Retail Markdown Policies

by Tim Ogle, published in Golf Business Magazine

WHAT DO MARKDOWNS HAVE TO DO WITH OPEN-TO-BUY?
  Have you ever needed fresh merchandise, but because of current inventory levels, you do not have any open-to-buy dollars?  No matter what o-t-b system is used, current inventory levels should be the foundation from which future buying amounts can be calculated.  If inventory is higher than optimum, open-to-buy dollars will be directly reduced by the amount of over-stocking.  If over-stocking is severe, there will be no open-to-buy dollars.  What do you do?

The simple answer is that optimum inventory levels must be maintained and they can only be maintained by incorporating a methodical markdown policy and procedure.  The alternative would be continuing to purchase while inventory levels accumulate.  That would be like breathing in without breathing out.  A healthy retail body requires a healthy rotation of merchandise.
 
Keeping dated merchandise is a performance destroyer.  It ties up investment dollars, creates a stale look in the shop, dilutes customer interest, hurts sales, cost of sales, turns, and return on investment.  Nobody has a perfect sell through at full retail, so the only mistake is retaining dated merchandise. In order to manage what is coming in one must first manage what is going out, and that requires a systematic plan.

Of course, sales at full retail is the primary option.  For example, if a shop sells 80% of merchandise at full retail, then the other 20% must be rotated out using one or more markdown methods.  Here are a few options and/or combinations: 

 * (90) Day markdown: Choose a time limit for each classification of stock, and items which have not sold in that time limit, are marked down to free up cash for new purchases. Keep a Sale Rack all year around where you can rotate dated merchandise. It does not have to be garish; just use subtle signage in a corner of the shop that members learn to find. 

* Employee Sales: This can be a concurrent step. Employee prices on the sale table can be at an even deeper discount.   Encourage them to buy for themselves, family and friends. q Internet sites: Equipment that doesn't sell on the floor, sale rack or to employees.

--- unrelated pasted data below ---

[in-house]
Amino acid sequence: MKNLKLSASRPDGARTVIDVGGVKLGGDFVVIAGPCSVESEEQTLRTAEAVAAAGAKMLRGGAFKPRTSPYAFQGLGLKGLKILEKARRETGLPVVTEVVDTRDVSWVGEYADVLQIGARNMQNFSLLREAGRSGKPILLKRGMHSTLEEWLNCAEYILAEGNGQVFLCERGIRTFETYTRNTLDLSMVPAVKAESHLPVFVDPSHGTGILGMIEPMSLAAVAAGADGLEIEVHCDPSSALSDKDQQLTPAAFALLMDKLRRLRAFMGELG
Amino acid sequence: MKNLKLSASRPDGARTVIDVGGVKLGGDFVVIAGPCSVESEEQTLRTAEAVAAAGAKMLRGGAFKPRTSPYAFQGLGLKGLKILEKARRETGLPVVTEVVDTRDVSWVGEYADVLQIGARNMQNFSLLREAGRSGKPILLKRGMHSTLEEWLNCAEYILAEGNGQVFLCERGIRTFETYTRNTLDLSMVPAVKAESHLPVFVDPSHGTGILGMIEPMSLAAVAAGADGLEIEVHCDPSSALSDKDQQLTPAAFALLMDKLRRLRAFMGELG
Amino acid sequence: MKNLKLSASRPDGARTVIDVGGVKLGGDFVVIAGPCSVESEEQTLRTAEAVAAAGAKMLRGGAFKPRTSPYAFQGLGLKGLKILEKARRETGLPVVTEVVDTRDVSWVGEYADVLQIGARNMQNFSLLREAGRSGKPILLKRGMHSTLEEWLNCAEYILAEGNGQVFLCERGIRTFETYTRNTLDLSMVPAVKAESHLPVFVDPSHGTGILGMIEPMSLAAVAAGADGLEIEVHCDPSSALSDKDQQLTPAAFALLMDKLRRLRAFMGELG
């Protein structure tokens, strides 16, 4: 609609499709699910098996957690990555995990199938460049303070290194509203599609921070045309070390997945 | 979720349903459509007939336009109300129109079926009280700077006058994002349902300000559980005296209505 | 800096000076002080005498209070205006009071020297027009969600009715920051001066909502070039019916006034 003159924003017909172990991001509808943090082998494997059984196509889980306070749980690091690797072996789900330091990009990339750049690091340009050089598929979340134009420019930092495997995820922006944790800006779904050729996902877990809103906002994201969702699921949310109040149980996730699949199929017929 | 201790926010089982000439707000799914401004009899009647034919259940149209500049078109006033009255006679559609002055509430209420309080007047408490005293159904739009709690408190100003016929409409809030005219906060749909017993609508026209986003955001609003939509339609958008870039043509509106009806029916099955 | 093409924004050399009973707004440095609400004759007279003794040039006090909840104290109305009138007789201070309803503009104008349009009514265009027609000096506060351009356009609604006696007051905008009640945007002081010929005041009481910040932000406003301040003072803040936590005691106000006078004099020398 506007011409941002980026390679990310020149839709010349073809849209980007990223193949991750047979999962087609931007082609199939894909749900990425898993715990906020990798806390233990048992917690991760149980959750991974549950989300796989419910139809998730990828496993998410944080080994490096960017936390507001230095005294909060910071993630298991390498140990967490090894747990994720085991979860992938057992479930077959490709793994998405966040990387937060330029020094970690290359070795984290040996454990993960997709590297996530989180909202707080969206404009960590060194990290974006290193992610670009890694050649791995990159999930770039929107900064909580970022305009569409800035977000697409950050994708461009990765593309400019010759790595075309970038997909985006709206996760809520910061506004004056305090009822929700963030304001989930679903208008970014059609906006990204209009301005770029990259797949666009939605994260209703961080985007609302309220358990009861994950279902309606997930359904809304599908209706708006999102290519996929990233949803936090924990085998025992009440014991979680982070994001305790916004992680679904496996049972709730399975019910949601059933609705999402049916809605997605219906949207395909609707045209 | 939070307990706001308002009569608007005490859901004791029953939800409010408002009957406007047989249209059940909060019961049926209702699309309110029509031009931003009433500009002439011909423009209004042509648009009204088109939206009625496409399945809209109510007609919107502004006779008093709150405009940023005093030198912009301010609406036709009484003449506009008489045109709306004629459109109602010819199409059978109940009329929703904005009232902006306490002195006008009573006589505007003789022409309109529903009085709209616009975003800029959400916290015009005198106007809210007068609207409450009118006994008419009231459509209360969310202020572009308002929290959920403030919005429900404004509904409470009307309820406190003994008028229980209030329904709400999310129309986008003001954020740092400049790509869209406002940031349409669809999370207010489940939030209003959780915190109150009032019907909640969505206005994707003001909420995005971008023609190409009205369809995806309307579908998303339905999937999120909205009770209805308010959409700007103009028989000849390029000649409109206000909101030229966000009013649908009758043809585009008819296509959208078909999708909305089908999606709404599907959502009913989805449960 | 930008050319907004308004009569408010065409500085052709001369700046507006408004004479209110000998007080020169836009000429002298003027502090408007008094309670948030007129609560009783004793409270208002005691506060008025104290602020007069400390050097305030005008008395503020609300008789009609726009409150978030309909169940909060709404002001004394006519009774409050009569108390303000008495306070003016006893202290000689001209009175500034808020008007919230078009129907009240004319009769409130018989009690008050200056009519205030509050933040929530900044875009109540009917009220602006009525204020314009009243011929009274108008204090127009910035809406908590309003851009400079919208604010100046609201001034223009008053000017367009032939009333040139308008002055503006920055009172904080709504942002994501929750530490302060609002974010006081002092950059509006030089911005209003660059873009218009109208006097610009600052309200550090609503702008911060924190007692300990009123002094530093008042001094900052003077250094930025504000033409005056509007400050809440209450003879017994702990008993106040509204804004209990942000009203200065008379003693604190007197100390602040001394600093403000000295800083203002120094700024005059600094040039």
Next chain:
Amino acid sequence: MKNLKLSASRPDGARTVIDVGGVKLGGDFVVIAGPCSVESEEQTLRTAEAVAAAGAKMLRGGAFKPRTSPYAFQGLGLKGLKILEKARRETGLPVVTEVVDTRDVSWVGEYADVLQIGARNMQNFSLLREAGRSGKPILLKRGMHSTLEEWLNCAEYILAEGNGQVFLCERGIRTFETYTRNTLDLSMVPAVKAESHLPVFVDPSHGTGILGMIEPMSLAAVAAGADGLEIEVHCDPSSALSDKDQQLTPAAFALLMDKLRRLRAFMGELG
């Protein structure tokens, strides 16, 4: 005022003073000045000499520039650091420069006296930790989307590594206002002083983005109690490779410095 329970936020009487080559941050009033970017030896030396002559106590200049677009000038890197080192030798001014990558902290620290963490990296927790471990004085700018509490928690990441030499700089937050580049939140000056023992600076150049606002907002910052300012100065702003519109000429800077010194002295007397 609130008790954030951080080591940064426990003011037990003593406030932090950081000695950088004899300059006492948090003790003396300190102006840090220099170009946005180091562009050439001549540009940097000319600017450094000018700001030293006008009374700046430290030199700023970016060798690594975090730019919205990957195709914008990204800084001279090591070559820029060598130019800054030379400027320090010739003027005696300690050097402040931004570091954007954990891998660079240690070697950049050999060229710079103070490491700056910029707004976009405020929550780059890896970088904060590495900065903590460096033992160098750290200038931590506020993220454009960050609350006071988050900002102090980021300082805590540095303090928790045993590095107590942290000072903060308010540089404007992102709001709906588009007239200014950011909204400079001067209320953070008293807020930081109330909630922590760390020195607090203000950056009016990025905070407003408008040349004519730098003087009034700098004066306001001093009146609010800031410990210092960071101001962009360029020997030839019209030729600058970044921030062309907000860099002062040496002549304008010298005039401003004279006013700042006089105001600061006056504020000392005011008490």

* Surplus Liquidators: Final step(s). Contract removal of remaining stock after steps above, or 

* Charity: Pick one that you would be proud to sponsor and send them your close-out remaining merchandise every month. Check with your tax accountant.  The write-offs could be as beneficial as a deep discount, with far less work involved.

No matter what method(s) you use, as the commercial slogan goes, Just do it.  You don't have to determine how much to liquidate.  if it has not sold within your time limit, mark it down and move it out! Don't rely exclusively on once-a-year clearance sales.  Order deliveries are staggered.  Markdowns should be staggered for the same reasons.

Mark Caufield of Blackhawk Country Club reports that they have reduced their average inventory by over $100,000 and every retail performance standard including sales has improved as a result.  Mark says,  "We have a constant turnover of fresh merchandise which keeps member interest high."  He goes on,  "The best news is that with inventory levels closer to ideal all the time, our o-t-b calculates only what we really need and we now only have a fraction of markdown merchandise each year compared to the huge clearance sales we were having before. Sales and profits are up and inventory investment is down.   It doesn't get better than that!"

Markdown management can not be viewed as an option - it is a prerequisite for improved retail performance. An open-to-buy should manage both inventory and purchases -  not just purchases,  and it all begins with a well executed markdown policy and procedure.

       Tim Ogle, president Open To Buy Wizard, LLC     www.opentobuywizard.com  

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